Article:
By: Mark Abrams
It was in early January 2010 when we were contacted by our customer that their data system was not working. We looked at the system and determined that we needed to get to Mt Lukens to repair the system. Under normal circumstances, this would not be a problem. These days, the situation was different due to circumstances beyond our control.
In September 2009, Southern California experienced a most devastating fire known as the station fire. It was named after its point of origin near one of the USFS stations. It spread like wildfire and exploded to one of the largest fires in Southern California history. The damage was immense and widespread. The power lines that ran through the mountains were burned to a crisp and it would be up to 9 months before all the power was restored that the USFS allowed to be rebuilt. Some of the power lines that burned down were not allowed to be rebuilt at all, so the users of those power lines had to convert to solar power or not have any power at all.
The power line to Mt Lukens burned down which serviced 10 separate buildings at the site which was heavily used by both governmental agencies and private industry. After the damage was surveyed by Edison, they indicated that it would be 12 weeks before power would be restored to the site.
Our building at Mt Lukens was powered by our Generac generator which was generally reliable. It worked for 8 weeks without any attention except for the filling of the propane tanks at which point the generator failed. This was discussed in detail in the story, “Repairing the Generator On Mt Lukens” in which I have gone to considerable trouble to repair the generator at Mt Lukens.
At this point in time, the power had been restored to the site and we were now running on Edison power. However, the data controller for our customer stopped functioning normally and needed service. This could be as simple as a processor lock up that could be cured by a simple reboot of the data controller. (It also may be something more complicated such as a hardware failure of the controller or a software configuration that needs to be fixed.) This is a simple thing to do when standing in front of the equipment, but it was an impossible task under the current circumstances in which we did not have access to the site. This was a time before we had installed internet-controlled outlets which allowed us to reboot remote devices with ease.
When the fire burned through the Angeles National Forest where Mt Lukens is located, it caused considerable damage. The famous Angeles Crest Highway which provided access to the major portion of the Angeles Forest and the San Gabriel Forest, Angeles Forest Highway which is the alternate route to Palmdale which bypasses Highway 14, access to Mt Wilson, access to Mt Lukens, access to Mt Disappointment, access to Red Box Station, campgrounds and many other areas of the forest was severely damaged by the fire and when the rains came, there were massive mud sides which completely took out a mile of the highway making the entire road disappear.
Caltrans, the California Highway Patrol and the US Forest service all had joint authority over the roadway and had decided to lock the road to prevent access from the public. A highway patrolman was stationed at the gate to prevent access except under the terms that were in effect at the time. The rules for access were constantly changing from no access at all to Mt Lukens to access via an escort, to access via a caravan in which we had a specific amount of time to fix whatever we could in the allotted time to access only by helicopter. The roads to the site were in terrible shape due to the heavy rains and the fact that all the governmental resources were being used to fix Angeles Crest Highway and there was nothing left to work on the fire roads that provide site access once we would turn off Angeles Crest Highway onto the fire road to the site.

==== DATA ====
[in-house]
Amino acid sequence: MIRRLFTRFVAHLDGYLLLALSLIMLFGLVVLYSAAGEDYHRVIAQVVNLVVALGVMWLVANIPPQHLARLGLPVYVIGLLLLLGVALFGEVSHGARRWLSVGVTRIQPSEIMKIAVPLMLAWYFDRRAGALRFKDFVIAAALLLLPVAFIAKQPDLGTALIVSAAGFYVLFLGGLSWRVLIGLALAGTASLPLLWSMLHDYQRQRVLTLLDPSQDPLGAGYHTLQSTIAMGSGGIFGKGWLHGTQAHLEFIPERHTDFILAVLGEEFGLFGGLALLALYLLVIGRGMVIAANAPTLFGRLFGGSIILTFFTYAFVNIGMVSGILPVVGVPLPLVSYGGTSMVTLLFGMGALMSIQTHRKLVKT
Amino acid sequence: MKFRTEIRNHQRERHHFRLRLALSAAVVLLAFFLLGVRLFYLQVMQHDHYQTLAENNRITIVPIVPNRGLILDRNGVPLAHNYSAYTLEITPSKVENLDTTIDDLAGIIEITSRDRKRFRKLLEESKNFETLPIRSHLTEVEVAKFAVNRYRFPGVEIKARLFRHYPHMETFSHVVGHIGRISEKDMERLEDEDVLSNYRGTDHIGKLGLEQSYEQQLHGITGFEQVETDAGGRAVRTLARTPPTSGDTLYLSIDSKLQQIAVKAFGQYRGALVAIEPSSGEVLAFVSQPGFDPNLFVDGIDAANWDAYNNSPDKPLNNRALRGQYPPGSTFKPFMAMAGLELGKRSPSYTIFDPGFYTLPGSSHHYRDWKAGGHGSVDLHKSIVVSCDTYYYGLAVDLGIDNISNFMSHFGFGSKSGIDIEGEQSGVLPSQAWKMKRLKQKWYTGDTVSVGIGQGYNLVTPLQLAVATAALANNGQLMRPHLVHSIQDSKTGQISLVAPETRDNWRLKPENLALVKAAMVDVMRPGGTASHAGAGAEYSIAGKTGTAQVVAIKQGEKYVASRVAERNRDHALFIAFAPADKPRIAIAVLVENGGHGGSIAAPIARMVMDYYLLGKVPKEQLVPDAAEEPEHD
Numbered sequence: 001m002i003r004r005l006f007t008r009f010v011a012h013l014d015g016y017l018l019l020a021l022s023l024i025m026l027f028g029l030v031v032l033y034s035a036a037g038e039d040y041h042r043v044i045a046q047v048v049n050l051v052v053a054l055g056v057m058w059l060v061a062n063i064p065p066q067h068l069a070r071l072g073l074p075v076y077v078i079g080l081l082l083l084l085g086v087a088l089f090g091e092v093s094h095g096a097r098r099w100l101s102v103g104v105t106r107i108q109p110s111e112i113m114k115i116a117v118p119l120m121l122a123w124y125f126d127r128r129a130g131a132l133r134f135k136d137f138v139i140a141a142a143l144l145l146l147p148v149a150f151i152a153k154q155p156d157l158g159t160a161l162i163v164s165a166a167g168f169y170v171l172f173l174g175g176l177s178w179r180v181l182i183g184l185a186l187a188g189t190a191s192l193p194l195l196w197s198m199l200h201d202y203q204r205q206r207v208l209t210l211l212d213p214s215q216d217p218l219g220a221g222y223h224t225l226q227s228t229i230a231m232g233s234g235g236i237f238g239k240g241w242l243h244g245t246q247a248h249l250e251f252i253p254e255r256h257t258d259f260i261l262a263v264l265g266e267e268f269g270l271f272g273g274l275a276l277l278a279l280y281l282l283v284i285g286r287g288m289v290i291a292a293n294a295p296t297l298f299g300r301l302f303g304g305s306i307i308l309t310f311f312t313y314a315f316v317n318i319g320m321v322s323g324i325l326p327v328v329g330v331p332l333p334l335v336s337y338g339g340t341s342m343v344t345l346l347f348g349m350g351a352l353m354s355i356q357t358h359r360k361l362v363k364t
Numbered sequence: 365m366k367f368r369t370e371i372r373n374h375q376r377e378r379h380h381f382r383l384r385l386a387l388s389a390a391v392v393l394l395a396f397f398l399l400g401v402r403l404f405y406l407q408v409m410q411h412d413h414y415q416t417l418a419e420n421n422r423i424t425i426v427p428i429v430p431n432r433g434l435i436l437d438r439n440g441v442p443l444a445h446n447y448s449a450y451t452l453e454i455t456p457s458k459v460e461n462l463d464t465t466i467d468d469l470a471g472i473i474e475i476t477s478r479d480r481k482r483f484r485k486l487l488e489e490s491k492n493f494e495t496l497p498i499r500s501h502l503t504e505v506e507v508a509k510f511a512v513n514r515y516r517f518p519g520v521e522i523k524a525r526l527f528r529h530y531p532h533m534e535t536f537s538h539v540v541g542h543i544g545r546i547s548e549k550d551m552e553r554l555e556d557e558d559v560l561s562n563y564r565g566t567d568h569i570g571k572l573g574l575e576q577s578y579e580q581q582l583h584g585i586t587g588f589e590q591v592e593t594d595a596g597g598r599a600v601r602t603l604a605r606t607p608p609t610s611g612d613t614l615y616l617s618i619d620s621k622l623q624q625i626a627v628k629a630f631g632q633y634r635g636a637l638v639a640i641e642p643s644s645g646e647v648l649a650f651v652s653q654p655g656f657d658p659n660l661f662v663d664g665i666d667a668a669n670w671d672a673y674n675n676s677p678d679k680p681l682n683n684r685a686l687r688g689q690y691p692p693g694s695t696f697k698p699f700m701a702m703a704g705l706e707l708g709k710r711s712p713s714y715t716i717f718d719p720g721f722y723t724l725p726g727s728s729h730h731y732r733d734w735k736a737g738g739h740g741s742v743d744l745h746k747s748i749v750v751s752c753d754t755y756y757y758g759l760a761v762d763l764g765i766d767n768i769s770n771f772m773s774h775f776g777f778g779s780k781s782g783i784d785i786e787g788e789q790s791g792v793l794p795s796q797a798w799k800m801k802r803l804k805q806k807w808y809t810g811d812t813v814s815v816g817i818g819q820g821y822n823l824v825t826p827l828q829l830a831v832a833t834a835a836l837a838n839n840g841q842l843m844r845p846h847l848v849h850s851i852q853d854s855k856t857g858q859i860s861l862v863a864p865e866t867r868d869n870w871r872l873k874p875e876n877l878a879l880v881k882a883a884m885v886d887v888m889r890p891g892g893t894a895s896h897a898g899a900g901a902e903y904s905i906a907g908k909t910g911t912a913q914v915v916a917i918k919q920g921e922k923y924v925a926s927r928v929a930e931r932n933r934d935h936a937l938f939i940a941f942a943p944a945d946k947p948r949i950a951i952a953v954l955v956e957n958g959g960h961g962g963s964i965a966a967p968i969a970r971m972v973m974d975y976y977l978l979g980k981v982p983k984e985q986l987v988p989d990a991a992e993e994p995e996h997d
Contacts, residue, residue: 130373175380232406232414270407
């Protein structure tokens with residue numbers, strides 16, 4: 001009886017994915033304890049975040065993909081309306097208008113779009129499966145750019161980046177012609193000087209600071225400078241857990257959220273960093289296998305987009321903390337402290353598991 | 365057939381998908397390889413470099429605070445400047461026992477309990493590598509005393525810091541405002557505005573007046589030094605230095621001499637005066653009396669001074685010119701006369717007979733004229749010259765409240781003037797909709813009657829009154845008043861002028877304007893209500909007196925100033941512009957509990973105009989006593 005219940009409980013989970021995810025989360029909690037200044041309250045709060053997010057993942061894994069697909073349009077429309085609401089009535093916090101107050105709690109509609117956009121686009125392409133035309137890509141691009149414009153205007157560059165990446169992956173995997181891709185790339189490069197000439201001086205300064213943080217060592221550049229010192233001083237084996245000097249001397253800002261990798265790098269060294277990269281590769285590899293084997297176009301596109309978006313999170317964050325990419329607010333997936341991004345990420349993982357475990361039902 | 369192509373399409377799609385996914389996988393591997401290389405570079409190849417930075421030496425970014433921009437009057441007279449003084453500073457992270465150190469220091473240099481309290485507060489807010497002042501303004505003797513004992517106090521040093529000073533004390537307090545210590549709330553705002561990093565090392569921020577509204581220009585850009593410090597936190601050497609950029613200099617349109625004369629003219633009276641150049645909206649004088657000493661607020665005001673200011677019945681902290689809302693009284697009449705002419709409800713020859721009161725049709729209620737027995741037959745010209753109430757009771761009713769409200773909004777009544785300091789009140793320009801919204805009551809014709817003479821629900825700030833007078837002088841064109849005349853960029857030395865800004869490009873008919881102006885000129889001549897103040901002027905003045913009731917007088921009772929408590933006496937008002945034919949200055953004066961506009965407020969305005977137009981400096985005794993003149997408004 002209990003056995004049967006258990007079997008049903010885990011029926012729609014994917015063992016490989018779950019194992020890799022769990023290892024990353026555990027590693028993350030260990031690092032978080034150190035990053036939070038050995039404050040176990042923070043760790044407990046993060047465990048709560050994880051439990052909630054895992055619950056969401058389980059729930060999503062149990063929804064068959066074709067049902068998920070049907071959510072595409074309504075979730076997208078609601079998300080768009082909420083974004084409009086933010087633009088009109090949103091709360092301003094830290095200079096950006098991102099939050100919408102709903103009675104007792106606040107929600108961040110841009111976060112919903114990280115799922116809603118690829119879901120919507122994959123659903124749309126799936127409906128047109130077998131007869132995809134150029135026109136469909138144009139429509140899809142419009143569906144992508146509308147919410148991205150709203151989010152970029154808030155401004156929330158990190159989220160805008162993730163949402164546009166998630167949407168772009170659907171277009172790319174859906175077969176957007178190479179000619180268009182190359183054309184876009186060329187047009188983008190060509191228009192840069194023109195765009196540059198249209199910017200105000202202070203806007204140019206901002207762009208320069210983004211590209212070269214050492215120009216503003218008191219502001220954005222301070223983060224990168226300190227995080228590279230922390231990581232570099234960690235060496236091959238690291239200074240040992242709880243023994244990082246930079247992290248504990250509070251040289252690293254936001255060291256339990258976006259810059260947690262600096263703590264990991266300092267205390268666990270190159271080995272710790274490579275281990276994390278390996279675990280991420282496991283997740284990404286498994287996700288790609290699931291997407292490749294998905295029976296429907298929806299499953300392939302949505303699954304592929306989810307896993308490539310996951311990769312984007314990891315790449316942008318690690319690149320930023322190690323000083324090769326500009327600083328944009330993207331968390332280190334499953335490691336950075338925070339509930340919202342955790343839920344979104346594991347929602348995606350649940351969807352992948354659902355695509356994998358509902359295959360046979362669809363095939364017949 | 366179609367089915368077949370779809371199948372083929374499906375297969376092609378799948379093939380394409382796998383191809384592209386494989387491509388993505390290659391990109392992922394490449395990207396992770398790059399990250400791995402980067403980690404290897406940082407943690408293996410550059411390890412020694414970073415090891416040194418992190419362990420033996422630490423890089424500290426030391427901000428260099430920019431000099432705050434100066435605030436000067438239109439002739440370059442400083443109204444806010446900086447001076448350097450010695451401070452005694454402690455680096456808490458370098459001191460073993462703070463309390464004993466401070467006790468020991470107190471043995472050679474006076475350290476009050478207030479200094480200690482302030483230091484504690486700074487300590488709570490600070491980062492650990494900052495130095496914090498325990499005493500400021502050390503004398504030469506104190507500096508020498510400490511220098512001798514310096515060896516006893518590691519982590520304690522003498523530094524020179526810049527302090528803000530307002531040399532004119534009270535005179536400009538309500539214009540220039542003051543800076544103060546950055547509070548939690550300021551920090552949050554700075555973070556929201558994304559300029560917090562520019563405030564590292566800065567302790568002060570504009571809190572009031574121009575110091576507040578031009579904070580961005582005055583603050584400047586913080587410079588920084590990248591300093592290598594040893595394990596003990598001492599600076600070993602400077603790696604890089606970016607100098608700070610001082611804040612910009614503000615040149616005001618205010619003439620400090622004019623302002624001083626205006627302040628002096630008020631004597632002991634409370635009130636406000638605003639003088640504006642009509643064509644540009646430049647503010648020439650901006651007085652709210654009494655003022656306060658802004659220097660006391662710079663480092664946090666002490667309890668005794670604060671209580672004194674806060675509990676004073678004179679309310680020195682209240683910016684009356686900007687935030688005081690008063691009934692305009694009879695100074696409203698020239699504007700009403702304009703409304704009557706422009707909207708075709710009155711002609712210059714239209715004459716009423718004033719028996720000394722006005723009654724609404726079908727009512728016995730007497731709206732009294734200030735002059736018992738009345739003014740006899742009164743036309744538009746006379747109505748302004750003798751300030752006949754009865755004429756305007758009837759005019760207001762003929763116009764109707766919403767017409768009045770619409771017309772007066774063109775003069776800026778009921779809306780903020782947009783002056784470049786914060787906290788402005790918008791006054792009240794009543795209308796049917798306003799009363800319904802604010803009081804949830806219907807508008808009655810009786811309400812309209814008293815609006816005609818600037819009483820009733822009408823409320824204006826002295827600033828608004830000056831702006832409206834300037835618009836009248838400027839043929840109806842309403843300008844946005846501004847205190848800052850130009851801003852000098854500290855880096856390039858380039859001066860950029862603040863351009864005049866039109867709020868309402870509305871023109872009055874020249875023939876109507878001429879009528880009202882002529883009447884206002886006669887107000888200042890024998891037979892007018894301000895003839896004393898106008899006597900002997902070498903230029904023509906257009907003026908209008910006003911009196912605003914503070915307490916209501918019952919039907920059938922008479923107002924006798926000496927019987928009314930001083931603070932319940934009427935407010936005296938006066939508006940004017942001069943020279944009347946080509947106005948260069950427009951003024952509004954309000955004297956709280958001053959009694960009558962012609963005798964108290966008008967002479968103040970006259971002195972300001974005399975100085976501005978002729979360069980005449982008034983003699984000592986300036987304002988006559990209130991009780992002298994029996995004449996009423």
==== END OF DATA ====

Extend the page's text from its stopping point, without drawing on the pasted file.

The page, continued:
When the data system failed, I knew that there was currently no access to Mt Lukens, so I informed the customer that we did not have site access through the normal roads and the only way to get to the site was via helicopter. I informed the customer of the $1,500 cost of renting a helicopter and they balked over the price. They told me to try another way first, so I decided to try another route. I enlisted help from the office to find another way. We located a company that would rent an off-road motorcycle that could be used to drive to Mt Lukens. Since Angeles Crest Hwy (which is the main road to the site) was blocked by the CHP, we had to try to go up the alternate road known as Earl Canyon Motorway which starts up the mountain in La Crescenta. Earl Canyon is not maintained by the USFS on a regular basis since it is an alternate road that is not commonly used. After the devastating fire, the road was in terrible shape and not passable by cars and trucks. The question was whether I could negotiate the road on a dirt bike. I decided to give it a try.
We arranged with the company to deliver the dirt bike to a specific location near the bottom of Earl Canyon Motorway. These bikes are used for recreation by thousands of people who go out for a day in rural unpaved areas and drive cross country with the bikes. So, I got the tools and equipment that I needed into a backpack and felt that I was ready to give it the old college try. The rental company then arrived with the dirt bike, unloaded the bike at which time he proceeded to show me how to ride the bike. I was a quick learner from the standpoint that I had ridden bicycles extensively and understood the issues of a 2-wheel vehicle. However, learning about the throttle and other items on the dirt bike kept me on my toes and kept me on edge without sufficient time to absorb all the material and translate them into instant actions. Every time something happened, I had to think about what needed to be done to handle the situation and I was often reacting too little and too late to the situation.